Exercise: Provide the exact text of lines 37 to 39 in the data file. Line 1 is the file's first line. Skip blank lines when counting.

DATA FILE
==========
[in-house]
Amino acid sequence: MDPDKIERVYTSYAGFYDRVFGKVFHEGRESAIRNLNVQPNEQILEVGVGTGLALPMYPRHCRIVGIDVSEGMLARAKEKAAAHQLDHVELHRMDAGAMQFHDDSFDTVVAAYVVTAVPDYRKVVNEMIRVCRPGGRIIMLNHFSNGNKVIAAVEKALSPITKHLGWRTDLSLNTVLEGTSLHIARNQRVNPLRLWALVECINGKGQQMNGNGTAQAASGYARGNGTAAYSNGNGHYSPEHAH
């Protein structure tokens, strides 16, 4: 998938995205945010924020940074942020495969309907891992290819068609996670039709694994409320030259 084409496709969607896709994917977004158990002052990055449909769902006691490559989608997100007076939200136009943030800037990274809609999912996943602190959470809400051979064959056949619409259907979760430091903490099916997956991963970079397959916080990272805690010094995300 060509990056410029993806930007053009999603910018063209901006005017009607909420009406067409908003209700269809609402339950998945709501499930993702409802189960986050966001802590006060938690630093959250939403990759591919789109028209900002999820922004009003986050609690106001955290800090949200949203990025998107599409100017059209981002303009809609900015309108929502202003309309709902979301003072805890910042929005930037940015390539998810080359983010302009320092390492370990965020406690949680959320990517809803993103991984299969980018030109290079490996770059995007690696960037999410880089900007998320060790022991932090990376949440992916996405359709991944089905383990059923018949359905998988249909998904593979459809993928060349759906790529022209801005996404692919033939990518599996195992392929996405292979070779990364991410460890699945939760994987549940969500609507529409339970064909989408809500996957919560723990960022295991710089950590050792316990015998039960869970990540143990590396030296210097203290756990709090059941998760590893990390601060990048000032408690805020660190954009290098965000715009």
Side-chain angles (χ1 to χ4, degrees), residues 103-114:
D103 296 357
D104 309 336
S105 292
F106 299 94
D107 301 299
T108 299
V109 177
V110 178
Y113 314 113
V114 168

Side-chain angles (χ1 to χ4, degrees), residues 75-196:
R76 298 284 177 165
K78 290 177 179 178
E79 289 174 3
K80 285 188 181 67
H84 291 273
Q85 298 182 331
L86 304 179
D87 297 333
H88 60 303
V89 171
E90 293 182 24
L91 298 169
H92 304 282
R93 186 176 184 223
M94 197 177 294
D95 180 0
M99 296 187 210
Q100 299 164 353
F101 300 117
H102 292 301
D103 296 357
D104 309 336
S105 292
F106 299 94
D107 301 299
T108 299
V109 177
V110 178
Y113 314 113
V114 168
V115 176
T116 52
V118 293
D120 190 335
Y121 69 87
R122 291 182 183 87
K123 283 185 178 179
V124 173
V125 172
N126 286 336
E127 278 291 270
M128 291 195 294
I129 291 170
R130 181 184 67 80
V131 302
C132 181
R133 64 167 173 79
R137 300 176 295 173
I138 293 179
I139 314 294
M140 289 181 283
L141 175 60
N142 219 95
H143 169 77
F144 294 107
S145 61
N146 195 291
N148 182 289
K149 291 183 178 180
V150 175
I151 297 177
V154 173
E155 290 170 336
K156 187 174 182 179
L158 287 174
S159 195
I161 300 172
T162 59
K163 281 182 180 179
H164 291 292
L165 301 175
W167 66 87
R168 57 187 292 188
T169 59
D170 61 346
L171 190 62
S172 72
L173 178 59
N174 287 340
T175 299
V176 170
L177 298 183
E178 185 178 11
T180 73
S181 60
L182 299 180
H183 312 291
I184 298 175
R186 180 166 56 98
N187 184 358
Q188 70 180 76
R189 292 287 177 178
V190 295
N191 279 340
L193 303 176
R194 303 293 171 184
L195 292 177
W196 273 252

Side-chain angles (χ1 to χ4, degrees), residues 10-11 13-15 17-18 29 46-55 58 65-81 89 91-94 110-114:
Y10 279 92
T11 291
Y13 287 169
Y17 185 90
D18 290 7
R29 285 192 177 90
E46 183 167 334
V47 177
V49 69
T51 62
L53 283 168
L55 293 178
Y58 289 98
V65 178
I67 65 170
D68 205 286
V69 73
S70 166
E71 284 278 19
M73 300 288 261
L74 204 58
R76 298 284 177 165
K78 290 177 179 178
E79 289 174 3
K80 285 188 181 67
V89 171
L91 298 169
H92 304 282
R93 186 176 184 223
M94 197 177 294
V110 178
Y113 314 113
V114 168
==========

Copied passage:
D104 309 336
S105 292
F106 299 94